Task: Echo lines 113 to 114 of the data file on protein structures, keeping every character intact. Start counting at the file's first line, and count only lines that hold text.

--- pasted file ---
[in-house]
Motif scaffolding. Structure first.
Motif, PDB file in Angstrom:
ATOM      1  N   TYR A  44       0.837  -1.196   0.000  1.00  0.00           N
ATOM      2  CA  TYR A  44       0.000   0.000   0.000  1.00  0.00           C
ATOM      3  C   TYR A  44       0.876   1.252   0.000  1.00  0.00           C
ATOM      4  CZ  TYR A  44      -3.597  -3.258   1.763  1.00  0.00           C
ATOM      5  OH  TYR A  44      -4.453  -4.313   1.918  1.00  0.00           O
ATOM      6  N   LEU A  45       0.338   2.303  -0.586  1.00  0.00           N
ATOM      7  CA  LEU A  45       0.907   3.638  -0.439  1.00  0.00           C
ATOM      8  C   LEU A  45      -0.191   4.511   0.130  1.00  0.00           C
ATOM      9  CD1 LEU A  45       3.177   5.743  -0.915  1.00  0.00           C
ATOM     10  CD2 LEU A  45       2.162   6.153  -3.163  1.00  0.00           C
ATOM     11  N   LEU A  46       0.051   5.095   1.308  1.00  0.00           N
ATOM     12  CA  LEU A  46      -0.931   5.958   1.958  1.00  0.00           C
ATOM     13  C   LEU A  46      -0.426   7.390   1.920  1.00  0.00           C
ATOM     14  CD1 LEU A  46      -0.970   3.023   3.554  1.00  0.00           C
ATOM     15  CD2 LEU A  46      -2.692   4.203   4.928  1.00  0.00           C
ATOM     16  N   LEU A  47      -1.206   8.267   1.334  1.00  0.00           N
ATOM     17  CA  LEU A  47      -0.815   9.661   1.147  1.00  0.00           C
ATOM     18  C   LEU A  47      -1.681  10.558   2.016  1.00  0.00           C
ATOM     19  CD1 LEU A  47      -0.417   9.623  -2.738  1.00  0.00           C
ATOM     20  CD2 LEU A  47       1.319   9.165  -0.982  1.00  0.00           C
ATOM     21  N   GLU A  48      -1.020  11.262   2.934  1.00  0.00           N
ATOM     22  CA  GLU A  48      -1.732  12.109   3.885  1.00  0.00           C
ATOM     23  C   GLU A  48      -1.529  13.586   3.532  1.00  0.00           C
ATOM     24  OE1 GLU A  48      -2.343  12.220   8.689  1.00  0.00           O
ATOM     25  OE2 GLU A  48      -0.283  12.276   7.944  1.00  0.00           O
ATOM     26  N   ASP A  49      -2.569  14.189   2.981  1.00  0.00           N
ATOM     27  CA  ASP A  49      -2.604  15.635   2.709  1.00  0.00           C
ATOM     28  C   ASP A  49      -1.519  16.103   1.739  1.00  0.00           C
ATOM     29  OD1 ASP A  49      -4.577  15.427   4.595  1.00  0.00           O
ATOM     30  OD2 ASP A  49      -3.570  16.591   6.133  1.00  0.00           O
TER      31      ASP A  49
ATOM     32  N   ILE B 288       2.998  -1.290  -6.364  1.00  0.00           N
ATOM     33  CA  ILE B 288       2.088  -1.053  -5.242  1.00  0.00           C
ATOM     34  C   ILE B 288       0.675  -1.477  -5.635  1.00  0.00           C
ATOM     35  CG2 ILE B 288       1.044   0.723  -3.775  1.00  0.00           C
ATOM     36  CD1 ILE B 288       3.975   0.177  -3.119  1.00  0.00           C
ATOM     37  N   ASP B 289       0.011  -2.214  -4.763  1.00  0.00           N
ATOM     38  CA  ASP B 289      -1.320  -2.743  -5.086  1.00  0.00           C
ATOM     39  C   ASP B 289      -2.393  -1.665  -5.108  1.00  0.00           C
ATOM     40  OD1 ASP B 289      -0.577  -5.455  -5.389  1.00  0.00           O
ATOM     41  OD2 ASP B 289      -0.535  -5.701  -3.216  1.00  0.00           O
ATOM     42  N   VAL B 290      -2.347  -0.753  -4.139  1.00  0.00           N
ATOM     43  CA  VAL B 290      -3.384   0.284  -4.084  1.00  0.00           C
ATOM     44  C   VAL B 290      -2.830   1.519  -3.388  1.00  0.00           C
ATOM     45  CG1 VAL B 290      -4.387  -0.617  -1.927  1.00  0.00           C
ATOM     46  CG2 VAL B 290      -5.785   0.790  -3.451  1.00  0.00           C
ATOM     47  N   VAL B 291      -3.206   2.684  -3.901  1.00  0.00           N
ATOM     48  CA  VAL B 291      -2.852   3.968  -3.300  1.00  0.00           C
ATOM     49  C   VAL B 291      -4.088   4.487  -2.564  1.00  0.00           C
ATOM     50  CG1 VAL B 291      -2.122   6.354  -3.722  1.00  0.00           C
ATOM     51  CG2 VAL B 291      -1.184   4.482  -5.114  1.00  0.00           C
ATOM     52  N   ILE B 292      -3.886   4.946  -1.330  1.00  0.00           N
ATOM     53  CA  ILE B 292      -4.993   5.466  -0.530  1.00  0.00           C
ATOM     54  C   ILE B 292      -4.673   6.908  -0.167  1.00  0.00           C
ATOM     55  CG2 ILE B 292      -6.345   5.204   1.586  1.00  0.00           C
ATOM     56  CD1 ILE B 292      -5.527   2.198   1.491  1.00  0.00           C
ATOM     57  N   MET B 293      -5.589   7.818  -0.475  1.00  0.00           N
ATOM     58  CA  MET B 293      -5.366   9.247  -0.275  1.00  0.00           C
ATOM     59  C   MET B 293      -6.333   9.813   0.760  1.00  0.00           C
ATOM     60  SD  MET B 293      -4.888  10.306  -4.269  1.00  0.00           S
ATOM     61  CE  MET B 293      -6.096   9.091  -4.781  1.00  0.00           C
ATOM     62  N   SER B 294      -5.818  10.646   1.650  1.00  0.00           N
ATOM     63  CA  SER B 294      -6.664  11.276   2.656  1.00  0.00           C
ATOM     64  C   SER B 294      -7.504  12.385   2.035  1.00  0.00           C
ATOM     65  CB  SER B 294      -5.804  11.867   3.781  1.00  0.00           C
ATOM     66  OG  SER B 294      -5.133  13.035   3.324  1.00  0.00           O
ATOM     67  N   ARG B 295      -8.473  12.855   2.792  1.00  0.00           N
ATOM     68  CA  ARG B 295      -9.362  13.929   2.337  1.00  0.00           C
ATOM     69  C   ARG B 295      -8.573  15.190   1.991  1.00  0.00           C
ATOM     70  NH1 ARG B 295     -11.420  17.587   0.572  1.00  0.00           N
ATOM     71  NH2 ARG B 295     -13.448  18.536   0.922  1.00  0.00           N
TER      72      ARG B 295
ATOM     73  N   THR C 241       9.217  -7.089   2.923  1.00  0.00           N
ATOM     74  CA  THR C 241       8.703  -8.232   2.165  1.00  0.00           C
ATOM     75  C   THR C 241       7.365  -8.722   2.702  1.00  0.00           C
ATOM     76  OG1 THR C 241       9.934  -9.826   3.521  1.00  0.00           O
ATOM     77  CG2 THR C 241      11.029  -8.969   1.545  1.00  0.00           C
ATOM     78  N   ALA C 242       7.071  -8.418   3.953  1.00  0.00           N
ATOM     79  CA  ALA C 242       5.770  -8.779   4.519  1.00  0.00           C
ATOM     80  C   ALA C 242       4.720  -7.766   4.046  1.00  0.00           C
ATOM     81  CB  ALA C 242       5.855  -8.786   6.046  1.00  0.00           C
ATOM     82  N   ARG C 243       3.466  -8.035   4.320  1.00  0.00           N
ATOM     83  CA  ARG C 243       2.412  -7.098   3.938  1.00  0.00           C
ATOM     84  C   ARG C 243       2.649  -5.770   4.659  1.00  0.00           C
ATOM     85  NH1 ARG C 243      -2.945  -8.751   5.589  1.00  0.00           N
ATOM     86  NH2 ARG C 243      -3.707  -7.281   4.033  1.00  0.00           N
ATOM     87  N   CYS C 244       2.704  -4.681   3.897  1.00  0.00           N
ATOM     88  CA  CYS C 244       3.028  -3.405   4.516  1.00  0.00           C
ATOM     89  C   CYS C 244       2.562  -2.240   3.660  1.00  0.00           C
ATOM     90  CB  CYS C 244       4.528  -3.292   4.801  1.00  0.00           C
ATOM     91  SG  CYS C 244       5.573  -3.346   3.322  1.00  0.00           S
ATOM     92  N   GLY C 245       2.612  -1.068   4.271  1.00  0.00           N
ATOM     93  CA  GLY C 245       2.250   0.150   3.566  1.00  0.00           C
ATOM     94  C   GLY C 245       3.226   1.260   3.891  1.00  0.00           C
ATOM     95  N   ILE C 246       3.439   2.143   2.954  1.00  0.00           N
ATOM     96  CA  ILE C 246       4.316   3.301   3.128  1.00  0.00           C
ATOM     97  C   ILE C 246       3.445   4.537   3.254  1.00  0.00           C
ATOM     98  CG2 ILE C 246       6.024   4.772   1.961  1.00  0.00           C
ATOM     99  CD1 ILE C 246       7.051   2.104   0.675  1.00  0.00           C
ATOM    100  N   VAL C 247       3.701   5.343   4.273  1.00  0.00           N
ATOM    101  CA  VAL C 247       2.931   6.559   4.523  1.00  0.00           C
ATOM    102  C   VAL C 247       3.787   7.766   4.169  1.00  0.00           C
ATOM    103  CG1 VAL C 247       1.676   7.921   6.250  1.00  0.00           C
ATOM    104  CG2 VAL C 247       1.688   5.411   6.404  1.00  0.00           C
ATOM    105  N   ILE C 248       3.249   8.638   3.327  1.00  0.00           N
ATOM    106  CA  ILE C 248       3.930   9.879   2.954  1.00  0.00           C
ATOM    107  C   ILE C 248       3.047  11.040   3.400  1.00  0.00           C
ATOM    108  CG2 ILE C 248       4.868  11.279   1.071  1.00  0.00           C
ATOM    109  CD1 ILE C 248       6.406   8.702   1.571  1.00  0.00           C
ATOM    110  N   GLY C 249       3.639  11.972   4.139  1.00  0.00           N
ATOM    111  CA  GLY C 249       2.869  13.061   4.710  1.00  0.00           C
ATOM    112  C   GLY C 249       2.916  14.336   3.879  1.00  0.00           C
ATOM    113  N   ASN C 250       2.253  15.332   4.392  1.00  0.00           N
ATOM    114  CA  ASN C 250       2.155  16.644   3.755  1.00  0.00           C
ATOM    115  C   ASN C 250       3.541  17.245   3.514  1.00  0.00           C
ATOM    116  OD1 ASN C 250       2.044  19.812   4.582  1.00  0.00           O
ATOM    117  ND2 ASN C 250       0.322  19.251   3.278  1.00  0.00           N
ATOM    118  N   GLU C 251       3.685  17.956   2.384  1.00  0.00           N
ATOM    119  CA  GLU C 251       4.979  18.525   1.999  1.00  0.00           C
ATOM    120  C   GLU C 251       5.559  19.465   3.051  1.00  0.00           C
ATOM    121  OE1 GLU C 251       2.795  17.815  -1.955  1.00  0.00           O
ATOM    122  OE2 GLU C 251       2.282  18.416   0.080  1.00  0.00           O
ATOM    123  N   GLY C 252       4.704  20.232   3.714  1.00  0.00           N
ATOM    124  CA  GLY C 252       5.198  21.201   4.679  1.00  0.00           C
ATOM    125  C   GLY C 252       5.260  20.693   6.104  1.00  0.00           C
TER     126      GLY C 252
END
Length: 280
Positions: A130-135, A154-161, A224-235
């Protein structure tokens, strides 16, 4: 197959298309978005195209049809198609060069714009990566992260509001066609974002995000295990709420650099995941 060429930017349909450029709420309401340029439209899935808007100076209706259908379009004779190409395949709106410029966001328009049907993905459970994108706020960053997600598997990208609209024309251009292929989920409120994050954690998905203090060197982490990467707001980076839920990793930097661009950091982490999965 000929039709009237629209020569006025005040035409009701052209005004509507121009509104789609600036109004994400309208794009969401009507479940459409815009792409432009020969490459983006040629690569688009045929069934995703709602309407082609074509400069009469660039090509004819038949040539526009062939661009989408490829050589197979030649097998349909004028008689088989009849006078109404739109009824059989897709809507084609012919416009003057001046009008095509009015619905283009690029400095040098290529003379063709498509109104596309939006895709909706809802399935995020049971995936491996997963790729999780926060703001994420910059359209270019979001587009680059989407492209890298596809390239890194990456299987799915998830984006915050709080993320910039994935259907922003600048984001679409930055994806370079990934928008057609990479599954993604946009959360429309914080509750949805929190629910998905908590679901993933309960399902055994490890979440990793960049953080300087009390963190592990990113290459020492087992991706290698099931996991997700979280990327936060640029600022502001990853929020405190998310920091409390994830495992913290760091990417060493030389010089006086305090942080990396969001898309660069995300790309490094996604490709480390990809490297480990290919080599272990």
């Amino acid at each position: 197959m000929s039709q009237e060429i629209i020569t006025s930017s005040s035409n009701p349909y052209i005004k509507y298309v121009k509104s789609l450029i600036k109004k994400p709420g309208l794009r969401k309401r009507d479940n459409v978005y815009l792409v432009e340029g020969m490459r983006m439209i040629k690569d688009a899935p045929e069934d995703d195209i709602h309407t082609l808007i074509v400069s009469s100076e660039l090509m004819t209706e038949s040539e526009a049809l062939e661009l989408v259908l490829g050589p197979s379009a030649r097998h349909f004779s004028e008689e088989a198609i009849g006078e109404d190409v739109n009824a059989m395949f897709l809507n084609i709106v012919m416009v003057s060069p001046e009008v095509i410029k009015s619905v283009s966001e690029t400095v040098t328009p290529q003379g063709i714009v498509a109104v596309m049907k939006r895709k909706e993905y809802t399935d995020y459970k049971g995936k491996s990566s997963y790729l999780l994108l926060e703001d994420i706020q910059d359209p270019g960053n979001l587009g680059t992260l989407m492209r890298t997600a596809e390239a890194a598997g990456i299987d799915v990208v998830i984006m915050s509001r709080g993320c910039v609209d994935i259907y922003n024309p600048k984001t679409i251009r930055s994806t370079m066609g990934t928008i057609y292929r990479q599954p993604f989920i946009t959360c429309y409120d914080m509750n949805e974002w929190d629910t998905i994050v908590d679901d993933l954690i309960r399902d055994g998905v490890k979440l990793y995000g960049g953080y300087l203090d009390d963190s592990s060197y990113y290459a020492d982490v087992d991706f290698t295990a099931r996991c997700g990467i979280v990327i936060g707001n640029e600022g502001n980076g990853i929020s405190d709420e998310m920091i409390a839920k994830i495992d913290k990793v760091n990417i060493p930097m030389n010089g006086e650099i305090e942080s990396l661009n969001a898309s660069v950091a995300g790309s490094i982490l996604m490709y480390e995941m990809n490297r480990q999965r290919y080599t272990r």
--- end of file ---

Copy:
ATOM    110  N   GLY C 249       3.639  11.972   4.139  1.00  0.00           N
ATOM    111  CA  GLY C 249       2.869  13.061   4.710  1.00  0.00           C